Illinois Requires More Tax Revenue From Marijuana Than Alcohol, State Claims – Marijuana Moment
In a new report released this month, Congressional researchers analyze tax policies and restrictions for the marijuana industry–and how those could alter if any range of national reform bills are enacted.
The Congressional Research Service (CRS) analysis concentrates on a part of Internal Revenue Services (IRS) code known as 280E, which divides cannabis companies from accepting certain national tax deductions or credits that are available to other companies, regardless of their state legality. But they’re still obligated to pay taxes on their federally illegal income.
“The Schedule I status of marijuana usually means that marijuana companies are handled differently in many different companies for taxation purposes,” CRS said. However,”Congress has broad authority to change the taxation treatment of marijuana companies.”
The provision was enacted in 1982 as a way to stop drug traffickers from composing expenses off their earnings, but it’s widely applied today on state-licensed grass growers, processors and dispensaries, significantly increasing their tax rates when compared with companies in different industries.
“Recent legislative proposals intention to relax federal restrictions on marijuana or to mitigate the disparity between federal and state marijuana regulation,” the new CRS report says. “Many of these proposals would change the taxation treatment of marijuana companies by re-scheduling or even descheduling bud under the CSA or making marijuana-specific exceptions.”
“Under these proposals, Department 280E would no more prohibit marijuana companies from accepting deductions and credits,” it states.
While several bills were introduced last session to federally legalize cannabis–including the House-passed Marijuana Opportunity,” Reinvestment and Expungement (MORE) Act–they have not been refiled so far this season.
Senate Majority Leader Chuck Schumer (D-NY), Senate Finance Chairman Ron Wyden (D-OR) and Sen. Cory Booker (D-NJ) have been in the process of creating legislation to finish cannabis criminalization and encourage social equity, and they have met with supporters concerning how to draft that proposition.
Several standalone invoices to take out the 280E penalty’s program on marijuana companies also have been filed through time in Congress, but none has ever been given a hearing or a vote.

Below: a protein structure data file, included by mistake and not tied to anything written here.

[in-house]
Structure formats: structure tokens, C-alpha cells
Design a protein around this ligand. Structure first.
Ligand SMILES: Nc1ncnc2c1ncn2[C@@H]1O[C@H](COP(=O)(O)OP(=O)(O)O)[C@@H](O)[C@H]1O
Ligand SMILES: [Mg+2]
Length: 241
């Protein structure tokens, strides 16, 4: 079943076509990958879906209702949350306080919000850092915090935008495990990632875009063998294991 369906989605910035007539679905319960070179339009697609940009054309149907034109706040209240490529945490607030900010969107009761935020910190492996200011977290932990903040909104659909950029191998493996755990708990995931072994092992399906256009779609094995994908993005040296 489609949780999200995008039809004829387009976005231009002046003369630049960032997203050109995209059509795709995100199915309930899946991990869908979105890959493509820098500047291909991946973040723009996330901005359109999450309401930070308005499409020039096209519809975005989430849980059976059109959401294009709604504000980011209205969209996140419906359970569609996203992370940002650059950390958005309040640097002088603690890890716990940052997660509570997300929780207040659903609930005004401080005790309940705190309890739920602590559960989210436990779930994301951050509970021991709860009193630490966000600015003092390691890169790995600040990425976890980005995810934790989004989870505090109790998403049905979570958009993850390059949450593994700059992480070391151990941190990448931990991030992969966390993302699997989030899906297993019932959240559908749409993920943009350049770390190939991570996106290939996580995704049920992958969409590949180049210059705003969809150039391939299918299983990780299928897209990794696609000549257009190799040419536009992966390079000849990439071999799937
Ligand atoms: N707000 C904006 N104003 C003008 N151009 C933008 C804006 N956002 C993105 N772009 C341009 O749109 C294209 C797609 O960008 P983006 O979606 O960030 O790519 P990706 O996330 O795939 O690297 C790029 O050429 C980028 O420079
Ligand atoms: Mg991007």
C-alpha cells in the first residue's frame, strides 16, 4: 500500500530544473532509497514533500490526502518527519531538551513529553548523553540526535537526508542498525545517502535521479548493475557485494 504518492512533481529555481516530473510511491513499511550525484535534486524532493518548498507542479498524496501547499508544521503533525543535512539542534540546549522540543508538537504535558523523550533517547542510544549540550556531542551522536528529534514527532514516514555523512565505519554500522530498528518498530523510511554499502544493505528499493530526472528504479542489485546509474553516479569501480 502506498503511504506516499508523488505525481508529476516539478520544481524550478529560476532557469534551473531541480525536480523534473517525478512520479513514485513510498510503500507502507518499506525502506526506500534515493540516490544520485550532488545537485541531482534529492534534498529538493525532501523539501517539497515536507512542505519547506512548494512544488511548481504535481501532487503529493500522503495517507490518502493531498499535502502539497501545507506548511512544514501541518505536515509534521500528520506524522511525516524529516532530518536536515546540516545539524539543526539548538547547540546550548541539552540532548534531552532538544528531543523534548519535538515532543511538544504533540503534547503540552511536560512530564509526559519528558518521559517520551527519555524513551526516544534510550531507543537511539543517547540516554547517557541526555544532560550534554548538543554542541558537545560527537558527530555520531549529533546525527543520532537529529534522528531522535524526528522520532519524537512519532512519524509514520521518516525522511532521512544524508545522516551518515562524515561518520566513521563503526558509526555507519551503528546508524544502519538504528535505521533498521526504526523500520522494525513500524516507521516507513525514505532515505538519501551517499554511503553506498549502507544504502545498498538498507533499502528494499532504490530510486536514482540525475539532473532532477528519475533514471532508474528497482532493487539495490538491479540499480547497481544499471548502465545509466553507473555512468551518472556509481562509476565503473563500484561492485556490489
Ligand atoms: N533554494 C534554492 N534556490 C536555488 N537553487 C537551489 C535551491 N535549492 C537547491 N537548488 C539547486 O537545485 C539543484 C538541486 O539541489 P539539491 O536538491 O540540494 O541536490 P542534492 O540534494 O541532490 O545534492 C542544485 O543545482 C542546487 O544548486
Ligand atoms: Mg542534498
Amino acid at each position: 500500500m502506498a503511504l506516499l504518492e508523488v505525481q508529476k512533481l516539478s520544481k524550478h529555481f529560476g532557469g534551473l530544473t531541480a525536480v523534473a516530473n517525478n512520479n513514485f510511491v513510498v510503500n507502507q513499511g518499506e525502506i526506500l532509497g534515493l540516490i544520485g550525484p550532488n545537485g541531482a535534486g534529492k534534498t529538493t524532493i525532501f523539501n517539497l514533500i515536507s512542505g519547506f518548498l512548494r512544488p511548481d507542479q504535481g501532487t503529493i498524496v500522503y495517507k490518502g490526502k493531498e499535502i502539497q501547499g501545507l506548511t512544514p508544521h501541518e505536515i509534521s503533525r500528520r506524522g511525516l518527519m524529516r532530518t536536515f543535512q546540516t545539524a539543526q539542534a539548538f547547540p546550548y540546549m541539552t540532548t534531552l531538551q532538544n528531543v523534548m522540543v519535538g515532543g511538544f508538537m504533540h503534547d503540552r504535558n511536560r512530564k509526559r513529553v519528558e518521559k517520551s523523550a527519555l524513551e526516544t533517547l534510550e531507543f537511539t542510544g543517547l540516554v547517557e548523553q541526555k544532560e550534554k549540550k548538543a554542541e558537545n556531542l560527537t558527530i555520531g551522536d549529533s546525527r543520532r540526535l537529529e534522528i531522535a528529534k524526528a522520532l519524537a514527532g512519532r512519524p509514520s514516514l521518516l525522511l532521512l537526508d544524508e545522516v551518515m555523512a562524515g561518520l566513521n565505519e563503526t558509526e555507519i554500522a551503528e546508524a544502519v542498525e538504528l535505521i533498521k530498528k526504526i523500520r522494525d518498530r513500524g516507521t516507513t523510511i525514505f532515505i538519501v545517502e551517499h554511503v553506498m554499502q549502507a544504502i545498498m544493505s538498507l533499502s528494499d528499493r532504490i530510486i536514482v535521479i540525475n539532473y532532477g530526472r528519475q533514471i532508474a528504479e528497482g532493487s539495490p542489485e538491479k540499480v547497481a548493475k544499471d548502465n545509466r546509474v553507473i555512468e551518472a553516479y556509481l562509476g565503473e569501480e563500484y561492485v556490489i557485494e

But for now, the marijuana industry continues to face tax policy challenges beneath the umbrella of prohibition. And CRS said that IRS”has offered little tax advice about the use of Department 280E.”
It did provide some advice in an upgrade last year, explaining that while cannabis companies can not take regular deductions, 280E doesn’t”prohibit a participant in the marijuana industry from decreasing its own gross receipts by its own correctly calculated cost of goods sold to determine its gross income.”
The IRS update seemed to be responsive to some Treasury Department internal watchdog report that was released annually. The department’s inspector general for tax administration had criticized IRS for failing to adequately notify citizens in the marijuana industry about compliance with federal tax laws. And it led the bureau to”promote and develop guidance particular to the marijuana industry.”
One notice that IRS especially wishes to make apparent to cannabis firms is they still must pay income tax. And CRS articulated that in its own report too.
“Like non-marijuana companies, marijuana companies are subject to taxation on all their income,” it stated. By comparison, not all costs are allowable in the taxpayer’s gross revenue .”
But paying these taxes has revealed onerous–equally for cannabis companies and the IRS itself. The head of the bureau told Congress last month that it might”favor” to get state-legal marijuana firms to be able to pay taxes as the present largely cash-based system is complicated and ineffective.
Former Treasury Secretary Steven Mnuchin stated in 2019 that he want to see Congress approve legislation resolving the cannabis banking issue and he pointed to the fact that IRS has had to construct”cash chambers” to deposit taxes from these companies as an example of the problem.
CRS also spoke legislation that’s”attempted to increase marijuana companies’ access to banking and financial support” like the Secure and Fair Enforcement (SAFE) Act, which passed the House in 2019 and also as a part of 2 COVID-19 relief packages. “Many financial institutions have been unwilling to provide state-sanctioned marijuana companies with shared accounting products and financial solutions as a result of federal laws that impose criminal and civil liability on monetary institutions handling money tied to marijuana.”
Although there might be that hesitation, national data published earlier this month indicates that the amount of banks and credit unions which report servicing marijuana businesses appears to be stabilizing.
But the latest report signals that the trend is lifting.
Lawmakers in the Senate and House filed fresh invoices to deal with the marijuana banking issue in recent days.